There has been plenty of work to do besides digging snow. I painted a small shelter called the Magnetic Hut, dug a trench in the permfrost– it is like concrete, assisted putting a canvas type roof product on the hut annex and more recently started installing a double glazed ranch slider on the front of the mess container.
The other day we saw a helicopter flying past carrying a huge device – covering the area of an average house. It is a Kevlar wrapped wooden lattice structure which measures the resistance of the earths crust, providing an indication of what is under the surface, a technique commonly used for mining exploration. It landed on the sea ice in front of our camp to refuel but on departure one corner got caught in an ice pin and it snapped. Luckily we had some wood and tape on hand so they fixed it.

Yesterday the Hagglands came out and we packed them up with our waste, unused tools and several thousand artifacts for the winter team to conserve. It was weird getting back to Scott Base after being out in almost complete isolation. Washing the clothes and having a shower was unbelievable good and sleeping in darkness was a wired change (the rooms have shutters- as opposed to a bright glow from our tents). This morning I rode a push bike to Mac Town (McMurdo Station) for a look. It is a busy place, heaps of huge machinery and I had to remember to bike on the right side of the road!!!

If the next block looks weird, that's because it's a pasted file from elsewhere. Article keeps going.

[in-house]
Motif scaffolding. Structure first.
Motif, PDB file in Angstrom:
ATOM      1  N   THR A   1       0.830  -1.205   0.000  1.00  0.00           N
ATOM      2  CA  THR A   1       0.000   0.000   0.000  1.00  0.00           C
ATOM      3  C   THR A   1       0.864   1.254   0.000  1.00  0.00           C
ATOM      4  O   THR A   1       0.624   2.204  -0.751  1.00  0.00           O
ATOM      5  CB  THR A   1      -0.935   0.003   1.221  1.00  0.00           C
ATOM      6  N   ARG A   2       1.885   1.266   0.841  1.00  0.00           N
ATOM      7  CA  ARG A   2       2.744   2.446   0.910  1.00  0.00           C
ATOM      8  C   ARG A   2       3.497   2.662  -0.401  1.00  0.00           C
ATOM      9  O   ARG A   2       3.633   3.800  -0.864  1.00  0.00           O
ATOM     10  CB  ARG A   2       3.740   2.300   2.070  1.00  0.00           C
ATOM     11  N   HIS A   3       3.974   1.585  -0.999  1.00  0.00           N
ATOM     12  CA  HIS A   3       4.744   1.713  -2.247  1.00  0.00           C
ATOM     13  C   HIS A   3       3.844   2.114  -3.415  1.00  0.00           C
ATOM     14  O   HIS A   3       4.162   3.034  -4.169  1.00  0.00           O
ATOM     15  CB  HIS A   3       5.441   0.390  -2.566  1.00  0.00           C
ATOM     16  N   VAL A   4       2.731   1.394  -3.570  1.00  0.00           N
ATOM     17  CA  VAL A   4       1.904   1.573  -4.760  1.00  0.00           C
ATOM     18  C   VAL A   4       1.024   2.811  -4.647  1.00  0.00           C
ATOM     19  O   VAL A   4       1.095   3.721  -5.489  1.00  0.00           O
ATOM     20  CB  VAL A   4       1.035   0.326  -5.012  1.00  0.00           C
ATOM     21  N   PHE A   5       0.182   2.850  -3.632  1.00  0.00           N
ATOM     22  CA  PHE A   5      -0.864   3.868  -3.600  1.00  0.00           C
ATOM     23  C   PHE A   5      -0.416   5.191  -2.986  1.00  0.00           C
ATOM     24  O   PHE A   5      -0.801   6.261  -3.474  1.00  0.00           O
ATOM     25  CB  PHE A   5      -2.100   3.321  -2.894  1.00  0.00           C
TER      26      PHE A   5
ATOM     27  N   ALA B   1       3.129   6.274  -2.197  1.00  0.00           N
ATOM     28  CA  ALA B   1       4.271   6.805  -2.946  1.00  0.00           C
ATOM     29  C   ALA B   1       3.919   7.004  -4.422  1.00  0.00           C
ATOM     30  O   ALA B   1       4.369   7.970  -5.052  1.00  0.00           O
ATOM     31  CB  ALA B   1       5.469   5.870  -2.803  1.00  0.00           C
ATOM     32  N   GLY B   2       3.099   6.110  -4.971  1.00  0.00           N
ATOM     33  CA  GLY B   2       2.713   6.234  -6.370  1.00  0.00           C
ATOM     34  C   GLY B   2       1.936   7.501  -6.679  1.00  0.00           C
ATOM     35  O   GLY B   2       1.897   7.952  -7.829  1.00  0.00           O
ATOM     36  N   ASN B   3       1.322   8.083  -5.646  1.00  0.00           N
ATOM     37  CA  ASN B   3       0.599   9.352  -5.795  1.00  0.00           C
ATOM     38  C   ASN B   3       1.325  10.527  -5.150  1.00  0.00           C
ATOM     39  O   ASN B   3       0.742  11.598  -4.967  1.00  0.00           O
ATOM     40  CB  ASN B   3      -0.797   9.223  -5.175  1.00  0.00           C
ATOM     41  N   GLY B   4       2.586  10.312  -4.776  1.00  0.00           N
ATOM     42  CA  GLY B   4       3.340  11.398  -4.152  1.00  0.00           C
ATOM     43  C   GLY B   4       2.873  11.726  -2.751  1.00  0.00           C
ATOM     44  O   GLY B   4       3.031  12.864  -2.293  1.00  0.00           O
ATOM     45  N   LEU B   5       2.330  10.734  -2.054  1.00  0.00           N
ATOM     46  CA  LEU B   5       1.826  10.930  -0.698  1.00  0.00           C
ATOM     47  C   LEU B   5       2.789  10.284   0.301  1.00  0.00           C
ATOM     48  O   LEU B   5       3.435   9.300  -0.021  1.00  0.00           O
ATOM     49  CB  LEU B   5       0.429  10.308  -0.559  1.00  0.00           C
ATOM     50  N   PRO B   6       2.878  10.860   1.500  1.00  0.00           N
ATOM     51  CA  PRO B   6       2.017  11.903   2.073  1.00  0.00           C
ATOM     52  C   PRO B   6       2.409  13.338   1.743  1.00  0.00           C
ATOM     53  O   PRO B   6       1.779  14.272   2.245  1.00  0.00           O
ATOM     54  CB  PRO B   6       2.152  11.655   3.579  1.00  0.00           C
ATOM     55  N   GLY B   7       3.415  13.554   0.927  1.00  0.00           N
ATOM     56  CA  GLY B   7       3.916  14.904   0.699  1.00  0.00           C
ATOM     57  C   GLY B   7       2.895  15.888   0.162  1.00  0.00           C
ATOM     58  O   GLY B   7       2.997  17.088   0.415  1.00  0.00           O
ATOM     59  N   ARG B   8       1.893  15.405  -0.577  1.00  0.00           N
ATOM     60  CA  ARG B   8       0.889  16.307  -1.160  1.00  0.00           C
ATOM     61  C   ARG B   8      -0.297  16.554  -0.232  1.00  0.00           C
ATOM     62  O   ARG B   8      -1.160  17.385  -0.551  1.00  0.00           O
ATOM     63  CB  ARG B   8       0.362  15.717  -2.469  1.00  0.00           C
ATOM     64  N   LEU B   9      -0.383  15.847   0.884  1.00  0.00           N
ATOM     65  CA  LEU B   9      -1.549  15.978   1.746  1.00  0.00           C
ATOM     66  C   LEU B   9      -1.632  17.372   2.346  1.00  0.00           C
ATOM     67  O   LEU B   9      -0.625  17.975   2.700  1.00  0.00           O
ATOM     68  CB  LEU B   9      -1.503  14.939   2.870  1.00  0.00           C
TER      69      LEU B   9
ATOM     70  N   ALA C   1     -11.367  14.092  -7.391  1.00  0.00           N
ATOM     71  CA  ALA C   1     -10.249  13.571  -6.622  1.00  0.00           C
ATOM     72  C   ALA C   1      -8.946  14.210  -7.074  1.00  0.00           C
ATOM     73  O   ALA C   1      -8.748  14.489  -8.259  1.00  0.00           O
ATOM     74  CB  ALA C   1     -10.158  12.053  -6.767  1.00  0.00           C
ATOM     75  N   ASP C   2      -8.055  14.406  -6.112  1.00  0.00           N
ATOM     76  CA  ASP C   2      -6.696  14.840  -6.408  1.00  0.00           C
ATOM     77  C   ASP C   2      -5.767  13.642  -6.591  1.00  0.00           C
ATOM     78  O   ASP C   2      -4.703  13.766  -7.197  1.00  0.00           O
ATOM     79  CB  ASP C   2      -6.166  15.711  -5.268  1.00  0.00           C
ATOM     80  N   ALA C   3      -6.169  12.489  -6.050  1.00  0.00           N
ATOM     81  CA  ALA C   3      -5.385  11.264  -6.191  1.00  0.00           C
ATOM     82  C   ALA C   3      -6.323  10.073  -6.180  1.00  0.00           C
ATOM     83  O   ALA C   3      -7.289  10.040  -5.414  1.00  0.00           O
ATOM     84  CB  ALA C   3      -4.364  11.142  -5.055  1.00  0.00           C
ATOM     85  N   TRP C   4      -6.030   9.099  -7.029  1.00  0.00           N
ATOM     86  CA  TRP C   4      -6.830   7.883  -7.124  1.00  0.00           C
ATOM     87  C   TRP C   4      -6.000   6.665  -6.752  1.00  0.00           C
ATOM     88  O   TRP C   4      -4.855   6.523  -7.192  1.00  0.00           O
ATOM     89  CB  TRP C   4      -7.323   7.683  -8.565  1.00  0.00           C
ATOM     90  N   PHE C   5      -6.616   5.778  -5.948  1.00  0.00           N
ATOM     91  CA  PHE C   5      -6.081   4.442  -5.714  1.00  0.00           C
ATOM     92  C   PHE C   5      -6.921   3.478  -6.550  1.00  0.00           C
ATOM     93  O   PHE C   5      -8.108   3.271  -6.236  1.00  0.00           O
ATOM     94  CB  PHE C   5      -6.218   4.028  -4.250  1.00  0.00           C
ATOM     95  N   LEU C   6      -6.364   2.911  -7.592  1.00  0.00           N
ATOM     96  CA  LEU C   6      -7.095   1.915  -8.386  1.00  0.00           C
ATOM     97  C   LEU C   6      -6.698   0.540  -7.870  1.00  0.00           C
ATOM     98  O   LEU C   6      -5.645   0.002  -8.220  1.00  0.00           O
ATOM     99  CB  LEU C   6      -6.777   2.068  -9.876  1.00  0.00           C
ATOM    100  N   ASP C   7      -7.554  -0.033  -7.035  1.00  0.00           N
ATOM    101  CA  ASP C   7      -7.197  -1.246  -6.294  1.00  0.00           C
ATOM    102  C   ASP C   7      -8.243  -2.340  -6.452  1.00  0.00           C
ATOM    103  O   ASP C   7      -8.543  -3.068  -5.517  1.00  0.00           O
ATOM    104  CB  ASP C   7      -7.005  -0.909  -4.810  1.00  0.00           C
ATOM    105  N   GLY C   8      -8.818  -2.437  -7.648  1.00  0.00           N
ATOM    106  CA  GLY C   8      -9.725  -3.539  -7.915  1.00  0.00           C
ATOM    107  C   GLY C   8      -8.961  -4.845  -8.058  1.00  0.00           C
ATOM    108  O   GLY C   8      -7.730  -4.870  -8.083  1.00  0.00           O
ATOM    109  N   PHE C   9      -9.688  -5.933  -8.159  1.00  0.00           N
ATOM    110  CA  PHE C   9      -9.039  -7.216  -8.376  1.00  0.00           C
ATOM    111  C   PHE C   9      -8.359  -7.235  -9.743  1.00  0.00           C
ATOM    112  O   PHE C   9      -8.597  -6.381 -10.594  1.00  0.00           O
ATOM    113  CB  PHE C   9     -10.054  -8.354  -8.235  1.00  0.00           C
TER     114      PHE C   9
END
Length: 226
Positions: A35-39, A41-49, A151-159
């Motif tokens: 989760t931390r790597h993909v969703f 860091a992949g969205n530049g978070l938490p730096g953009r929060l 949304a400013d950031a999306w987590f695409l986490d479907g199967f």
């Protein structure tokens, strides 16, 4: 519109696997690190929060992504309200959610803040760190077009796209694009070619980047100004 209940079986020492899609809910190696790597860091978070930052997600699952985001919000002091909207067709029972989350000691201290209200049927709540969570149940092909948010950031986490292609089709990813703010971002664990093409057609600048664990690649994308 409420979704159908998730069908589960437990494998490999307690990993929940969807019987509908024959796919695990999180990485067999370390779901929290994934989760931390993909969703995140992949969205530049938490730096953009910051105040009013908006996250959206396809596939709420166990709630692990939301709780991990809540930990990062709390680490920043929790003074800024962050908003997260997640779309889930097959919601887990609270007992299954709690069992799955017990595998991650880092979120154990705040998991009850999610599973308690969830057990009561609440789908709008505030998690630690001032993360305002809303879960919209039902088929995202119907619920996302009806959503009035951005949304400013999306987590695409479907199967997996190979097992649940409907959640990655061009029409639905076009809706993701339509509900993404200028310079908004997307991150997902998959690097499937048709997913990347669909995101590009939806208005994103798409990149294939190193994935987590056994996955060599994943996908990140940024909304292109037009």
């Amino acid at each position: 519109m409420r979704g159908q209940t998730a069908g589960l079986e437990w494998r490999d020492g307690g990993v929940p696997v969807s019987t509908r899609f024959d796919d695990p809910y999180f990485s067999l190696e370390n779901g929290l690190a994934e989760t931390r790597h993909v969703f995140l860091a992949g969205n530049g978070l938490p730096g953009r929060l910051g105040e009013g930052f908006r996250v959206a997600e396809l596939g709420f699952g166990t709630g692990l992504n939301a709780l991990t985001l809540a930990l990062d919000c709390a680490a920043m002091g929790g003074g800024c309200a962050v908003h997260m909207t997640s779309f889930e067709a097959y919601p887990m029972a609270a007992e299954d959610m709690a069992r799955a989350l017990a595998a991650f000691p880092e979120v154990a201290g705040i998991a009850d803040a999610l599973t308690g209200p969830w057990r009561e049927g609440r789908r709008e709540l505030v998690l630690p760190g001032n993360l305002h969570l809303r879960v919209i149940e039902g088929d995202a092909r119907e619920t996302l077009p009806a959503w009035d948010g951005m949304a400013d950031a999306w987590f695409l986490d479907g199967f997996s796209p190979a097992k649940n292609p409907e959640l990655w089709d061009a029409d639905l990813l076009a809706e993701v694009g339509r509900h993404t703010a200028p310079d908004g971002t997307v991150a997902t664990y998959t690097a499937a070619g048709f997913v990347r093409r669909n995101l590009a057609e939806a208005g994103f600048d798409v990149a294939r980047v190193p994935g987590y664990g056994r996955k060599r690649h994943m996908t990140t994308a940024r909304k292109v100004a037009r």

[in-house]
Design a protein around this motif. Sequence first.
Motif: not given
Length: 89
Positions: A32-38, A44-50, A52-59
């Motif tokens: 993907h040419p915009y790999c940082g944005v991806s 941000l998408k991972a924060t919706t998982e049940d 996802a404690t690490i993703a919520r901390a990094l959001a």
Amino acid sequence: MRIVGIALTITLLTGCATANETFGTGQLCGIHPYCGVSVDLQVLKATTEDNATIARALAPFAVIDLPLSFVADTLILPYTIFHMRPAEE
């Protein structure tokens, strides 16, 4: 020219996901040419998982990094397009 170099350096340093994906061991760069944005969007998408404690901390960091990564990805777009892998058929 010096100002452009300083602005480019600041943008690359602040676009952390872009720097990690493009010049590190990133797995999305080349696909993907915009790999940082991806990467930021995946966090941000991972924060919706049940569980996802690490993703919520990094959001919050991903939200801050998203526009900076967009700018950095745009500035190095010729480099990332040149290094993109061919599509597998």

This is the last time we will be at Scott Base before the sea ice becomes unsafe to travel on. After that, all transport is by helicopter. 29th January is the next shower time and then back to NZ on the 4th February. Otherwise Sunday afternoons is the time reserved for a cat lick, a thermos of hot water in the tent with some handy towels and a face cloth. The beard is growing well, effective at keeping the face warm but tends to freeze up with snow/condensation from breathing and the infamous Antarctica snots-icles. The 7 weeks so far has gone very quickly. Christmas at camp will be interesting and New Year’s sitting on the beach in the sun will be memorable!!!